Bridging the production gap: How fossil fuel producers can navigate collapsing demand (Part II)

Navigating collapsing demand and support from the international community

coal fired power station
coal fired power station silhouette at sunset, Pocerady, Czech republic

On Wednesday 2 December the UN’s Environment Programme, in collaboration with leading research institutes including E3G, will launch their Production Gap Report. In anticipation, we have conducted two conversations with E3G Senior Associates Jesse Burton and Jonathan Gaventa.

In this second part, we talk to Jesse and Jonathan about what fossil fuel producing countries in the Global South can do to mitigate the negative impacts of dropping fossil fuel demand. We also discuss how the international community can support them in achieving a sustainable development pathway allowing them to leave their fossil resources in the ground. You can find the first, which covers recent trends around fossil fuel demand, the impacts of COVID19, and the effects of these on major fossil fuel producing economies here.

The Production Gap Report provides detailed analysis of the ‘gap’ between Paris Agreement goals and countries’ planned production of coal, oil, and gas. You can find out more on the Production Gap Report Website.

Jesse is based in South Africa, where she works closely with climate and energy modellers, governments, and non-governmental stakeholders to provide analysis and policy advice on coal transitions in South Africa and globally.

Jonathan is based in Mozambique and has been following the country’s quest for wealth by building up a gas export industry.

Leo Roberts / Lisa Fischer: Hi Jonathan, hi Jesse – thanks for coming back. When we last spoke you described how COVID-19 is hitting fossil fuel producing countries disproportionately hard, particularly those in the Global South.

You mentioned immediate health and economic impacts accompanied by serious consequences on fiscal headroom, and how this is exacerbating previous trends, with low chances of reversal post-pandemic.

What can governments in fossil fuel producing countries do to better manage the economic shock of drops in demand for coal, oil and gas? Can producing fossil fuels still help them to manage wider economic shocks?

Jesse Burton (JB): At the moment, in spite of the global trends, the production of fossil fuel is still often seen as a resource, a benefit and a growth sector. In many poor countries, this seems like an opportunity to be grasped with both hands, especially when the fossil fuel companies Jonathan mentioned earlier are telling political leaders that fossil fuels will bring development to places where almost entire populations live in dire poverty, without access to modern energy services, and tiny government budgets.

Jonathan Gaventa (JG): Yes, some difficult conversations are needed.

Historically, the typical strategy is to try to use fossil fuel revenues to diversify the economy. But diversification is a concept that is easier to write in a report than to achieve in the real world.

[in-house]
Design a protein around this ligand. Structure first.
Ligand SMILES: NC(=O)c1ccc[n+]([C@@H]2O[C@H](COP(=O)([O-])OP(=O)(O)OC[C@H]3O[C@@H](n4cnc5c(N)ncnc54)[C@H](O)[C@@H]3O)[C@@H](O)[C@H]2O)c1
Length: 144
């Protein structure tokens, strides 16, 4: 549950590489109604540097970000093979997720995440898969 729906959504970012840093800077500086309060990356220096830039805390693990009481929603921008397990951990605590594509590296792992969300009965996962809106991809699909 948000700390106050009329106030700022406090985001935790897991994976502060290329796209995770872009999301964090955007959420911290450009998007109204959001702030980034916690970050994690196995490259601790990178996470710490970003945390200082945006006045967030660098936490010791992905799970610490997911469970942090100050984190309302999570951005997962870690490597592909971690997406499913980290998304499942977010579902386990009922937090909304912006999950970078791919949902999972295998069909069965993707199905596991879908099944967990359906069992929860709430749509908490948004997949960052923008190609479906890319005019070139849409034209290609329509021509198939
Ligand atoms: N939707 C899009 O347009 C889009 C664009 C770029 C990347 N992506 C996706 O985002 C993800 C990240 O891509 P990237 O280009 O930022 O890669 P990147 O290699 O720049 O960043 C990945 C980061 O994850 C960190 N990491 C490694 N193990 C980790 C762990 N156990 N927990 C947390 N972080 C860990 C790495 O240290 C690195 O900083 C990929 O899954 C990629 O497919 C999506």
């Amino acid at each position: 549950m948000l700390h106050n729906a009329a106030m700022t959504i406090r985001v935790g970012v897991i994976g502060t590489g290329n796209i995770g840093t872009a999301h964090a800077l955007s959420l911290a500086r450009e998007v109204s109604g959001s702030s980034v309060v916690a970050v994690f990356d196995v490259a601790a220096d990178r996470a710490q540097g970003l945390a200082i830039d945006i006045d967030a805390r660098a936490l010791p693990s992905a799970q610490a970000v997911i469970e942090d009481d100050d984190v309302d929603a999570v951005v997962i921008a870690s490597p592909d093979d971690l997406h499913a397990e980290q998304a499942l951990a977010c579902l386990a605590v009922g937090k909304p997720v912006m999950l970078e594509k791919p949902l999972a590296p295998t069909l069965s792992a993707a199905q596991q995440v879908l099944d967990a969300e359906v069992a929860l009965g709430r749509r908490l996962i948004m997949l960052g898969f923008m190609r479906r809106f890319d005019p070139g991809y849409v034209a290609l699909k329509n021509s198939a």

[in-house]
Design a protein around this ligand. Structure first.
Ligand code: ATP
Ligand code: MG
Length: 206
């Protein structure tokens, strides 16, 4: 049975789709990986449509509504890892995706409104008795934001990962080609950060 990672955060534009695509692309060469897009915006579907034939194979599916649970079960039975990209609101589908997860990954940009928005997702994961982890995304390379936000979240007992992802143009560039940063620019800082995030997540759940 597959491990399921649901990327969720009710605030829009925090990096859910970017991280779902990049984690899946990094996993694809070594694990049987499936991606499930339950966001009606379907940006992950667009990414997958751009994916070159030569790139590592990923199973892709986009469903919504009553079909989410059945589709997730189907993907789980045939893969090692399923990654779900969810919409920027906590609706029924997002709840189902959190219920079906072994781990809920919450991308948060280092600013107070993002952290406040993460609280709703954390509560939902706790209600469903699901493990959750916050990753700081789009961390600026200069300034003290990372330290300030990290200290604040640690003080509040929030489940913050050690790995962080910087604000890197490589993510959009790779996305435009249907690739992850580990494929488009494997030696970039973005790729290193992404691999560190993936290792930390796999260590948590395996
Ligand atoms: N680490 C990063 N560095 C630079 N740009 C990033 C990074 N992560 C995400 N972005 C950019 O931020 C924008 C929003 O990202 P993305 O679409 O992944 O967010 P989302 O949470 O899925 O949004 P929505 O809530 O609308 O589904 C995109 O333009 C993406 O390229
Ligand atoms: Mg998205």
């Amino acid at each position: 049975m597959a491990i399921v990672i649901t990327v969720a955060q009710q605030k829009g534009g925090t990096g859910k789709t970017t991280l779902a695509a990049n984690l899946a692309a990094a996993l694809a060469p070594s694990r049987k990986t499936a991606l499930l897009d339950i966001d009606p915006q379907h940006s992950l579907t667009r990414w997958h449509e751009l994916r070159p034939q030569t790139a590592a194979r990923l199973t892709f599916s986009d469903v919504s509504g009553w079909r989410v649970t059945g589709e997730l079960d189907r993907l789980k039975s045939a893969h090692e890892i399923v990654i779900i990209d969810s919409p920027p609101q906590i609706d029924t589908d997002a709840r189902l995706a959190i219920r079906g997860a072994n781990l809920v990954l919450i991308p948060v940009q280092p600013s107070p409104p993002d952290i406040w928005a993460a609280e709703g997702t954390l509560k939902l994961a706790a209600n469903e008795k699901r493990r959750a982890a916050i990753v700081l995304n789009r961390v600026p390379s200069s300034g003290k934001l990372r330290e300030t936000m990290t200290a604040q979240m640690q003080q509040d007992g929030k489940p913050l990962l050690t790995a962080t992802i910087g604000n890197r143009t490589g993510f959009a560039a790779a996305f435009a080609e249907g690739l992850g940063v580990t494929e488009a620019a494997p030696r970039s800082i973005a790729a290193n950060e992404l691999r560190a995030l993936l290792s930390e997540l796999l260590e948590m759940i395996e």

As we’ve seen from countries such as Angola and Equatorial Guinea, fossil fuel production is more often associated with crowding out other parts of the economy rather than crowding in investment. Oil and gas production has a tendency to monopolize government attention, suck up the talent pool, distort currencies and interest rates, and overshadow efforts to drive growth elsewhere in the economy

JB: Exactly. I’d challenge the word ‘still’ in the question too. There’s a huge body of evidence showing that the economic benefits of fossil fuels are frequently overblown. We can see that across Africa – where a large proportion of new discoveries have been made in recent years (see World Bank report). And we can also see that resource rents, in absence of institutions to manage them, often bring both environmental injustice and broader economic resource curse issues.

Are there any other strategies that fossil fuel producers have taken in the past which might help them in the future?

JG: One strategy that some countries use is to set up a sovereign wealth fund to help manage resources and smooth over volatility. But sovereign wealth funds are only useful for managing cyclical changes in demand. They are less useful for structural changes – for example a long-term oil and gas oversupply triggered by an accelerated global energy transition. To put it another way, sovereign wealth funds aren’t much use if the expected wealth never materialises.

So what can and should governments be doing to mitigate the impacts of reduced demand for coal, oil and gas?

JG: Ultimately, the key strategy is careful management of expectations. Oil and gas discoveries can often lead to an echo chamber of inflated hopes and wildly unrealistic projections.

Governments should sense-check new oil and gas projects against low emission pathways – including far lower demand and price projections than currently used. Projects with long lead times and high breakeven costs are particularly problematic. It’s far easier to manage upside risk – if more revenues accumulate than foreseen – than to manage if the revenues that were expected to underpin government spending never turn up.